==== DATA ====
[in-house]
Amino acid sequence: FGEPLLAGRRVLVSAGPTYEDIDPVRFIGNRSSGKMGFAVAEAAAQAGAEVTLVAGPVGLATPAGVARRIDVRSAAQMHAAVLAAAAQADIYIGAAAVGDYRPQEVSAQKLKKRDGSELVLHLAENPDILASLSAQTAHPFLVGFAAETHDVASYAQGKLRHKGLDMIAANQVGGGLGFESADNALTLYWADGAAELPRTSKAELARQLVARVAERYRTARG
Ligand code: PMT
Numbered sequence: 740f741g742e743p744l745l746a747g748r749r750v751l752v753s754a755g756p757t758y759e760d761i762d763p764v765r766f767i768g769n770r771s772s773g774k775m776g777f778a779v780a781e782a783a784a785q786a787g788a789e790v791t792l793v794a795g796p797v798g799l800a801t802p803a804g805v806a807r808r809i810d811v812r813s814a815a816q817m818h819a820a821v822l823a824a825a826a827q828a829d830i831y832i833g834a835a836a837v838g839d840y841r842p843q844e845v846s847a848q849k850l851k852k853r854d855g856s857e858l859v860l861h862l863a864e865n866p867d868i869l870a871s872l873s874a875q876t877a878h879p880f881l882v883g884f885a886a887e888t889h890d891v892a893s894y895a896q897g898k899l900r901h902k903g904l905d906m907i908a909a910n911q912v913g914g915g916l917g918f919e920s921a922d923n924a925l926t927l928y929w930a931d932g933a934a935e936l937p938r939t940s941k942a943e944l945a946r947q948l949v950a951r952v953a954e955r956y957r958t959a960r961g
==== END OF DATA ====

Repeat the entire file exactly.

[in-house]
Amino acid sequence: FGEPLLAGRRVLVSAGPTYEDIDPVRFIGNRSSGKMGFAVAEAAAQAGAEVTLVAGPVGLATPAGVARRIDVRSAAQMHAAVLAAAAQADIYIGAAAVGDYRPQEVSAQKLKKRDGSELVLHLAENPDILASLSAQTAHPFLVGFAAETHDVASYAQGKLRHKGLDMIAANQVGGGLGFESADNALTLYWADGAAELPRTSKAELARQLVARVAERYRTARG
Ligand code: PMT
Numbered sequence: 740f741g742e743p744l745l746a747g748r749r750v751l752v753s754a755g756p757t758y759e760d761i762d763p764v765r766f767i768g769n770r771s772s773g774k775m776g777f778a779v780a781e782a783a784a785q786a787g788a789e790v791t792l793v794a795g796p797v798g799l800a801t802p803a804g805v806a807r808r809i810d811v812r813s814a815a816q817m818h819a820a821v822l823a824a825a826a827q828a829d830i831y832i833g834a835a836a837v838g839d840y841r842p843q844e845v846s847a848q849k850l851k852k853r854d855g856s857e858l859v860l861h862l863a864e865n866p867d868i869l870a871s872l873s874a875q876t877a878h879p880f881l882v883g884f885a886a887e888t889h890d891v892a893s894y895a896q897g898k899l900r901h902k903g904l905d906m907i908a909a910n911q912v913g914g915g916l917g918f919e920s921a922d923n924a925l926t927l928y929w930a931d932g933a934a935e936l937p938r939t940s941k942a943e944l945a946r947q948l949v950a951r952v953a954e955r956y957r958t959a960r961g